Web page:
# Thread: Evaluating integrals on exponential functions with natural logs.

1. ## Evaluating integrals on exponential functions with natural logs.

∫(e-x/(1+e-x))
So I used substituion, u = 1 + e-x, and -du = e-x dx
There it turns it into -∫(du/u), which equals -ln(1+e-x) + C
Then my partner told me the next step was ln(ex/(ex+1))
After that, he got it into x - ln (ex + 1) + C, which is the correct answer.
And I was confused on that part since it turned into something like a fraction. The part where it goes e x/ex+1 Can someone explain?

Another is ∫ex√(1-ex)dx
I did u = 1-ex, -du = ex dx
I plugged it in...
∫-du√(u) = -∫du(u1/2)
Not really sure if I'm doing this next step correctly... but I did that it = u1/2
Plugged in u: (1-ex)1/2

But the answer was: -2/3(1-ex)3/2 + C

I'm a bit confused now... since I'm integrating the 'e' along...

Thanks

2. ## Re: Evaluating integrals on exponential functions with natural logs.

1. $-\ln\left(1+\frac{1}{e^x}\right)=-\ln\left(\frac{e^x+1}{e^x}\right)=-\ln\left(\frac{e^x}{e^x+1}\right)^{-1}=\ln \frac{e^x}{e^x+1}$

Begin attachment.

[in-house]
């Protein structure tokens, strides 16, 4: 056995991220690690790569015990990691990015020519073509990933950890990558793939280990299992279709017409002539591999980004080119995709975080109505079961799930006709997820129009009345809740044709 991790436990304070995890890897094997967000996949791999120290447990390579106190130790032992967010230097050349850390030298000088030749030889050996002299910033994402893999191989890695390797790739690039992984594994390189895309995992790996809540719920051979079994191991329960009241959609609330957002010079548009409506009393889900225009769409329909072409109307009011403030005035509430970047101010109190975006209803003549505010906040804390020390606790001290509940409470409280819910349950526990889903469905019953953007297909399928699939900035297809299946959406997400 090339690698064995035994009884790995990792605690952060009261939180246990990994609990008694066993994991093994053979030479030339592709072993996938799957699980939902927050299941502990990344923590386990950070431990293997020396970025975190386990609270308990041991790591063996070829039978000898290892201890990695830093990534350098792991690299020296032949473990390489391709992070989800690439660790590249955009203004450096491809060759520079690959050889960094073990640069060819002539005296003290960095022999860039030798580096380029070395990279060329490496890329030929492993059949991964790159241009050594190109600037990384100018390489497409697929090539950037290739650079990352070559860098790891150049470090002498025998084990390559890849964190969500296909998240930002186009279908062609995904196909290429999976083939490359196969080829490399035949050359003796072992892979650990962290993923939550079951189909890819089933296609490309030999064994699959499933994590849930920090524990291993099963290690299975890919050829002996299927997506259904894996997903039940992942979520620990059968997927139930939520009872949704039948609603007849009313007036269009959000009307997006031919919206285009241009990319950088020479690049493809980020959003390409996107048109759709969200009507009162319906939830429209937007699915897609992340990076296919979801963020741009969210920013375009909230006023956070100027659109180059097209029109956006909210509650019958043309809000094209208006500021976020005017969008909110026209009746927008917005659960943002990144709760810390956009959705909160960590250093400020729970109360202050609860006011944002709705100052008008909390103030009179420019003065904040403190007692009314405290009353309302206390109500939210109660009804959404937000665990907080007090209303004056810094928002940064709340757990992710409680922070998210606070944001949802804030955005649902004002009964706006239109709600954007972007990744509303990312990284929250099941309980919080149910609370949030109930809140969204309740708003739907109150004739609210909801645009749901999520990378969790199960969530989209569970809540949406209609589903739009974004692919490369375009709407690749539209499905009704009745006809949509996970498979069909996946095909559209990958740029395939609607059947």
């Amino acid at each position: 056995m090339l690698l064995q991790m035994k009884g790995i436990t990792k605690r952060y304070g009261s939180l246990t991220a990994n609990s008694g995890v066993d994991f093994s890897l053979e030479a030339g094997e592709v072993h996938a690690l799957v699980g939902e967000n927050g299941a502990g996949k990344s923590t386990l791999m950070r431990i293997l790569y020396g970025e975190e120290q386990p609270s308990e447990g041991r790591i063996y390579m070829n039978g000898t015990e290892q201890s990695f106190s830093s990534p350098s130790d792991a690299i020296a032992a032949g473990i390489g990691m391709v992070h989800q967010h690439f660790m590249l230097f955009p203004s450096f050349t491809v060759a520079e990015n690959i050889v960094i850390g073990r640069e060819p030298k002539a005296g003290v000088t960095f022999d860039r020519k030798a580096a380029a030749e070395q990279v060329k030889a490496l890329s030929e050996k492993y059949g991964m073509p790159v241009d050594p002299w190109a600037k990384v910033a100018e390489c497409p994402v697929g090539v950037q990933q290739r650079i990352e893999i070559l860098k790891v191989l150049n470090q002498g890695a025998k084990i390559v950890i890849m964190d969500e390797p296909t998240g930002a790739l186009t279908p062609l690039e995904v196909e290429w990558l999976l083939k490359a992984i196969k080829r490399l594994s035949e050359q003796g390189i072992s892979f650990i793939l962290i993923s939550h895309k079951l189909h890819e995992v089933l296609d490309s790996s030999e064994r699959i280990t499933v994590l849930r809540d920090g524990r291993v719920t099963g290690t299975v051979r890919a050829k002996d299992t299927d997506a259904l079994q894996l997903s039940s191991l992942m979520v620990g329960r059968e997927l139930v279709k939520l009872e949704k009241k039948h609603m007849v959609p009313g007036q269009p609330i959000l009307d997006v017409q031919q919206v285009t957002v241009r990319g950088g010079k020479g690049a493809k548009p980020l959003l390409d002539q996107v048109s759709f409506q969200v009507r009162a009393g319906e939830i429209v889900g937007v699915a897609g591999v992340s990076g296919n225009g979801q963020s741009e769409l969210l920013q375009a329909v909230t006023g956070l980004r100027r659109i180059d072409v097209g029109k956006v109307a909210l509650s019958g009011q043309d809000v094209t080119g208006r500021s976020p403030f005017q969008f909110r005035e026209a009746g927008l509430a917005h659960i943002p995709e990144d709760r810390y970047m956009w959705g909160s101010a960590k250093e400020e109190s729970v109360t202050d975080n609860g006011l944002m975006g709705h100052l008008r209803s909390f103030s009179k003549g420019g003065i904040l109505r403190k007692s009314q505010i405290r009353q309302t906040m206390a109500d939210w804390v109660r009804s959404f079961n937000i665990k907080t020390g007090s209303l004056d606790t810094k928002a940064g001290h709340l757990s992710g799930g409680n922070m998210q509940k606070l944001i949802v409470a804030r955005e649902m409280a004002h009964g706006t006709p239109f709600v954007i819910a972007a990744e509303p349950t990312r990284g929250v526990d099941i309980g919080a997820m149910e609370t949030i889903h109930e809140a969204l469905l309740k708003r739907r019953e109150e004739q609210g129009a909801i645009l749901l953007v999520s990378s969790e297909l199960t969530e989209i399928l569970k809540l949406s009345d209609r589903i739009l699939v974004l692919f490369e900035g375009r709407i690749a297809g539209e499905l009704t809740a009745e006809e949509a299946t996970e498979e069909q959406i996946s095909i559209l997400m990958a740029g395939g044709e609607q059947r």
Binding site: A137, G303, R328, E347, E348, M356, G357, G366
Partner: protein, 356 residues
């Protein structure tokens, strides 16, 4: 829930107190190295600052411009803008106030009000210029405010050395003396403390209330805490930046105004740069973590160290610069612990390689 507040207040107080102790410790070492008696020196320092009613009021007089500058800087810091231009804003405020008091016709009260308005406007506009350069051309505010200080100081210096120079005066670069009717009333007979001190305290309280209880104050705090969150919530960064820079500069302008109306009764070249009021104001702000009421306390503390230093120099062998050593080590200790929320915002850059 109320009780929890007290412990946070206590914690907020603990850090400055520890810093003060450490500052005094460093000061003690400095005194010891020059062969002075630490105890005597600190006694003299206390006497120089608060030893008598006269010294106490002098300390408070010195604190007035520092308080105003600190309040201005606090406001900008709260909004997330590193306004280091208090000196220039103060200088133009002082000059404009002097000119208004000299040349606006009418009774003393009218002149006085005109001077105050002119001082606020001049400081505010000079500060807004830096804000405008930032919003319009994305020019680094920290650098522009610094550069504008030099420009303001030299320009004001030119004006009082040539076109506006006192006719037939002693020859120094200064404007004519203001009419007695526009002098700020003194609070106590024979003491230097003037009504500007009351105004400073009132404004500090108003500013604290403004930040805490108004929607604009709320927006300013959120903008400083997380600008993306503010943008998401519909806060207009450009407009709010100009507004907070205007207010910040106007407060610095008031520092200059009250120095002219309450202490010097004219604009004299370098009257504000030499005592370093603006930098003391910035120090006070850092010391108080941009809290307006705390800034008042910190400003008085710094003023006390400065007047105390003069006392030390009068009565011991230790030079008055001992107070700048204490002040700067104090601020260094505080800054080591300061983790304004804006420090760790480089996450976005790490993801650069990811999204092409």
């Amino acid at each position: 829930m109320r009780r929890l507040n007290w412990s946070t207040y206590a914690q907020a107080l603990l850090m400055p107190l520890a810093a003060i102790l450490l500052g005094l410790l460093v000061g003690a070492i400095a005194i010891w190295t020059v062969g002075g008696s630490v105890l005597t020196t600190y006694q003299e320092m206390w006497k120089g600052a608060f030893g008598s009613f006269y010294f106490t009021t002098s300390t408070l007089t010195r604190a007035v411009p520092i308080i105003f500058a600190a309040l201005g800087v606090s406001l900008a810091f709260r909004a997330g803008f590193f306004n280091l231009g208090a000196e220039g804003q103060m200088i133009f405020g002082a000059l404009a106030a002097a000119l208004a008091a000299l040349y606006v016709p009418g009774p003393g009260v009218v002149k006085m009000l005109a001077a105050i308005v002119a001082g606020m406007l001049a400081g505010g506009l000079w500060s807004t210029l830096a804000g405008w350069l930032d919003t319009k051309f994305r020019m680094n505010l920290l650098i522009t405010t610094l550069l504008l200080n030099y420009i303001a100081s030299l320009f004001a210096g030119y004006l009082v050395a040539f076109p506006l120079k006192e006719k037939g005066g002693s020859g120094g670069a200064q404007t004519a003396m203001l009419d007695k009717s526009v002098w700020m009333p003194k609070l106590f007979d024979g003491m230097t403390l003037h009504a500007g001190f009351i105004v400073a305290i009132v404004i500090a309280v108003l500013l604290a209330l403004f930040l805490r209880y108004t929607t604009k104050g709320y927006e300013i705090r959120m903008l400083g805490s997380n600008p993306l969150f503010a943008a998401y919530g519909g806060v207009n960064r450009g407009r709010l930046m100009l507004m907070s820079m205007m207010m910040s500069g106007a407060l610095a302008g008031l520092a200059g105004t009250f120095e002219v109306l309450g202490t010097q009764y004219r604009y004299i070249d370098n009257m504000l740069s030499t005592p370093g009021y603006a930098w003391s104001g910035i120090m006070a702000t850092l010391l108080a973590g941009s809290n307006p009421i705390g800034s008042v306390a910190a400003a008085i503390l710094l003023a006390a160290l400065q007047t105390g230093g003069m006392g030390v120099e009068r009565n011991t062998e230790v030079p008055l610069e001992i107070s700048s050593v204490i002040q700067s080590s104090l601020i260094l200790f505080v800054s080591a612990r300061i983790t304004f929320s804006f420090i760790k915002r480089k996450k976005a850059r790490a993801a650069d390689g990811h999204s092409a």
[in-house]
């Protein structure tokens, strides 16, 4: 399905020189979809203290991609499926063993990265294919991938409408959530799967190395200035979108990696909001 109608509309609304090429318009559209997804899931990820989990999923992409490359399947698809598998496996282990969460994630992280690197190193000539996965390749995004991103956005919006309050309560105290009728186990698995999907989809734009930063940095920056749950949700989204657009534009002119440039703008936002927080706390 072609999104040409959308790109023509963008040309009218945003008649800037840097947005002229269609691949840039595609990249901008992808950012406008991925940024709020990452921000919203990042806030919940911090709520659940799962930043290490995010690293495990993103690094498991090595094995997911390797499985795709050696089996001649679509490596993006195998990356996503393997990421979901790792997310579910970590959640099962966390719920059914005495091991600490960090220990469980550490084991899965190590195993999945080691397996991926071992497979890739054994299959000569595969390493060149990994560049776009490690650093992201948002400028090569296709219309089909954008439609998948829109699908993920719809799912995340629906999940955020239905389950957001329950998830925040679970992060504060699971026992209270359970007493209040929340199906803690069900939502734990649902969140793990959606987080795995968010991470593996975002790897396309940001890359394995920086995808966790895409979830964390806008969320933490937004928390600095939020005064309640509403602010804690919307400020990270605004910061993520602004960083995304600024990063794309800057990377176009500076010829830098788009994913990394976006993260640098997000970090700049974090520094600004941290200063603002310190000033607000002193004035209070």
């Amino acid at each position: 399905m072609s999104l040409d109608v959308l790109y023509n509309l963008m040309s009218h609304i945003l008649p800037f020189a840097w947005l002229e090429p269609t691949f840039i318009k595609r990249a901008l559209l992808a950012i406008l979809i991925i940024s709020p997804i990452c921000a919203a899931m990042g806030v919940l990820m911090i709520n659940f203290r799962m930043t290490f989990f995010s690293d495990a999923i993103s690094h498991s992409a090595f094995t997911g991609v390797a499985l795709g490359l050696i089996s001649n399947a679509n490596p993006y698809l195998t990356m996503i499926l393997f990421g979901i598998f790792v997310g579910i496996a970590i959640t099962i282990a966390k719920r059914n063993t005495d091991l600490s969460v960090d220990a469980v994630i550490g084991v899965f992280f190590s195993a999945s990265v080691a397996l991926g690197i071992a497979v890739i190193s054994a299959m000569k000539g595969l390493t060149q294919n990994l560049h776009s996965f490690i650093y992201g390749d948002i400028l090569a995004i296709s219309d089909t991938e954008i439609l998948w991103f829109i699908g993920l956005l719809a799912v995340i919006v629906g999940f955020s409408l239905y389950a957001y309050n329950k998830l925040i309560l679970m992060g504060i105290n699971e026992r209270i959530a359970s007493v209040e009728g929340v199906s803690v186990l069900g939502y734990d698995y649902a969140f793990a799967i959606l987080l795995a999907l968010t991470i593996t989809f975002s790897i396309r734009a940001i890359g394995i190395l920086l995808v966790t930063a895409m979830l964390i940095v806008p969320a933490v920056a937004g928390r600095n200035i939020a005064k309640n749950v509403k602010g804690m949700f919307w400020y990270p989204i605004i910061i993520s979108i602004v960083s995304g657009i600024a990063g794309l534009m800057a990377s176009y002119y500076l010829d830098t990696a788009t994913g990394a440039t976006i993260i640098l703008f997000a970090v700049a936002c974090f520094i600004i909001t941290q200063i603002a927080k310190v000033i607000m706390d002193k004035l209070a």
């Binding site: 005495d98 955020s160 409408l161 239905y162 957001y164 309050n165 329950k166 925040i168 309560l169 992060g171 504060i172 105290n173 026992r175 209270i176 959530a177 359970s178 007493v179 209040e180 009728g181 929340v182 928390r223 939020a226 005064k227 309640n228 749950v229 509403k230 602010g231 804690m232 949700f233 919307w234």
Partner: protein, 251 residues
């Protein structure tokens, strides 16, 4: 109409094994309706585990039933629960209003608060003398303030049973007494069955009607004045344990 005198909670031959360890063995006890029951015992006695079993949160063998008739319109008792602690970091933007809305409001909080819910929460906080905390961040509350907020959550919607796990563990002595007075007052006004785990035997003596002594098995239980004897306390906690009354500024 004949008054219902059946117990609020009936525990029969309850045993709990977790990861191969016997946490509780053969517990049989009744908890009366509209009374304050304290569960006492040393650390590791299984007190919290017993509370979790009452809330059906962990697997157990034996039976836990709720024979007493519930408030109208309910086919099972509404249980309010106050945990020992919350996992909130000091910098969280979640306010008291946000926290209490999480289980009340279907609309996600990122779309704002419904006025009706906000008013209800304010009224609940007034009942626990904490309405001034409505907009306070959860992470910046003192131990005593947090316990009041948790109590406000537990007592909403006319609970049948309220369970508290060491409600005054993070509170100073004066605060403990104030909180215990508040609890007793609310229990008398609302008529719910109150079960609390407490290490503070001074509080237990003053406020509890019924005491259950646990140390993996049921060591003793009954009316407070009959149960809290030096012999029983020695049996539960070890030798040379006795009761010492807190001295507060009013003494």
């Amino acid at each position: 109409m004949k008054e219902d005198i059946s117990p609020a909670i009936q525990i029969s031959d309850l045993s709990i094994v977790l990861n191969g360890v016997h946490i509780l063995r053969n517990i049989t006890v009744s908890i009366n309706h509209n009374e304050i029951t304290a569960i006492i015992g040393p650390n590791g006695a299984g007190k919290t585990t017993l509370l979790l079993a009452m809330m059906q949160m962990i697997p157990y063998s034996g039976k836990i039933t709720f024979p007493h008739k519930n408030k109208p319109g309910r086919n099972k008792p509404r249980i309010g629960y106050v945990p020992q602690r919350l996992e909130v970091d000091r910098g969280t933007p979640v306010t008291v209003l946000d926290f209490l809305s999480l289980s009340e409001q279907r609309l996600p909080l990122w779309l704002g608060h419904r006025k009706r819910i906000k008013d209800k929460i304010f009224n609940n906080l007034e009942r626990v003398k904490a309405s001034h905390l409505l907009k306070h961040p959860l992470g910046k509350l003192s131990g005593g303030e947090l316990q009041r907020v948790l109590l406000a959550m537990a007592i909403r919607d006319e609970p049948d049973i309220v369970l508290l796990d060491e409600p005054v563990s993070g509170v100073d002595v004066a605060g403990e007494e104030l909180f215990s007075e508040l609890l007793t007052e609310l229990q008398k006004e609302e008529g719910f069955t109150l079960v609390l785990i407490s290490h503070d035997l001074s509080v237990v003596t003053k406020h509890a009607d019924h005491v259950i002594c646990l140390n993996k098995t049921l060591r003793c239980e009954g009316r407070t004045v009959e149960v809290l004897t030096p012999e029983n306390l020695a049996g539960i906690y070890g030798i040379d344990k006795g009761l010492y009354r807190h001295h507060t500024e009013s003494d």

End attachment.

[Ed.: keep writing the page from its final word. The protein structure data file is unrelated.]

2. $\int \sqrt{u}\, du =\frac{u^{3/2}}{3/2}+C$

3. ## Re: Evaluating integrals on exponential functions with natural logs.

Originally Posted by princeps
1. $-\ln\left(1+\frac{1}{e^x}\right)=-\ln\left(\frac{e^x+1}{e^x}\right)=-\ln\left(\frac{e^x}{e^x+1}\right)^{-1}=\ln \frac{e^x}{e^x+1}$

2. $\int \sqrt{u}\, du =\frac{u^{3/2}}{3/2}+C$
Oh wow.
Now that makes more sense!

I forgot to see that it had a negative exponent, which makes it goes down into the denominator, so the only way to convert the 1 to have them both at the same denominator is by having it ex as well!

While for the second one. I think I remember now! So basically after you integrate it, the exponent goes up by 1 and you would divide it by the exponent.

Thanks for helping me and reminding me of this stuff!